Fla. Court Rules Car Insurance Co. Must Pay Rental-Car Claim

Florida’s Supreme Court has ruled that insurance provider GEICO must pay injury costs resulting from a fatal crash involving a car rented by one of the company’s policyholders, even though another person was driving the vehicle without the permission of the rental company.

The high court’s 5-2 decision overturns an appellate panel’s ruling in the case, which focused on the extent to which a policy covers a so-called “temporary substitute auto.” The details of the case may be of interest to consumers who are doing a Florida auto insurance comparison but are unsure how any policy they buy would cover rentals.

Kutasha Shazier rented a Hyundai Sonata from Avis Rent-A-Car in August 2006 after her Ford Expedition, which was covered by a GEICO insurance policy, was disabled due to transmission problems. The rental agreement stipulated that “no additional operators are authorized or permitted without Avis’ prior written approval,” according to court documents.

Shazier allowed Frederick Royal to drive the rental car and he in turn allowed it to be driven by Tercina Jordan, who crashed the Explorer into a tree, “causing serious injury to minor passengers in the vehicle and the death of another,” the court stated.

The injured passengers and a representative for the person who was killed claimed the rental car was covered as a temporary substitute auto under Shazier’s GEICO policy, but the insurer denied liability on the grounds that Avis had not given Jordan permission to drive the Sonata.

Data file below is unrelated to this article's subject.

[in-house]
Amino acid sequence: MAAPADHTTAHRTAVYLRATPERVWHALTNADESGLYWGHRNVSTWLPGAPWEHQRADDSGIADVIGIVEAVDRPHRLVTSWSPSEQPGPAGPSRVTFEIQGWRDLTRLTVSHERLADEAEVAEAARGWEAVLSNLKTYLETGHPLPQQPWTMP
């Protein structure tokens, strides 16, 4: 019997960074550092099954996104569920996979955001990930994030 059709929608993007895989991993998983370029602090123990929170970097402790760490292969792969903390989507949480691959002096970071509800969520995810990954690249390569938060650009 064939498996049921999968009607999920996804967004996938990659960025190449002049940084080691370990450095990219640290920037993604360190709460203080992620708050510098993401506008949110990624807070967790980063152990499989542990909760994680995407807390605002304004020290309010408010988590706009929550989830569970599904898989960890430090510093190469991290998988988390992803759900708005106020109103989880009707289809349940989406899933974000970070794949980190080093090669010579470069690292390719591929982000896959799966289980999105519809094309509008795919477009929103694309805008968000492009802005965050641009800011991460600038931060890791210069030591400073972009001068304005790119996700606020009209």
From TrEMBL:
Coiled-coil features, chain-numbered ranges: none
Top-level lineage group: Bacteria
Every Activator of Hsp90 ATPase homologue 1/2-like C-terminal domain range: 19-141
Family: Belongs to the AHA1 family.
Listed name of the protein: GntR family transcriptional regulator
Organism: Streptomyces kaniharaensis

Shazier’s policy stated that the insurer would cover damages for which she was liable because of bodily injury or property damage resulting from use of the “owned auto,” which it defined as either the vehicle named in the policy or a temporary replacement used while the covered vehicle was being repaired or was otherwise out of service.

A trial court found that the rental car met the definitions of both a temporary substitute auto and an owned auto under the terms of the policy and that Shazier’s decision to let others drive the car did not affect coverage because the use fell within the policy parameters.

The 1st District Court of Appeal reversed that decision, finding that, as the owner of the Sonata, Avis had the authority to determine what use was permissible. Because the rental company had stipulated that only Shazier was to drive the vehicle, the appeals court found, “Jordan’s use of the rental car automatically revoked the permission granted to Shazier by Avis … and no coverage existed under the policy,” court documents state.

The Supreme Court overturned that decision, however, with the majority opinion stating that it conflicted with earlier high court rulings dealing with the question of what constitutes a vehicle owner’s consent for the use of a vehicle. Under the judicial doctrine of dangerous instrumentality, the majority wrote, an owner is liable for damages caused as a result of voluntarily entrusting the vehicle to someone who operates it negligently.

“Although a temporary substitute auto is by definition not owned by the insured, GEICO’s policy provides that such a vehicle is treated as the insured’s owned auto under the policy and that GEICO will cover the insured and ‘any other person using the auto with (the insured’s) permission,’” the majority wrote.

About Matthew Morisset
Matthew Morisset is a proud alumnus of the University of Redlands, where he obtained a degree in English Literature. Utilizing his passion for analysis and writing, Matthew looks for important trends in the auto insurance industry and their implications for consumers and the market as a whole.

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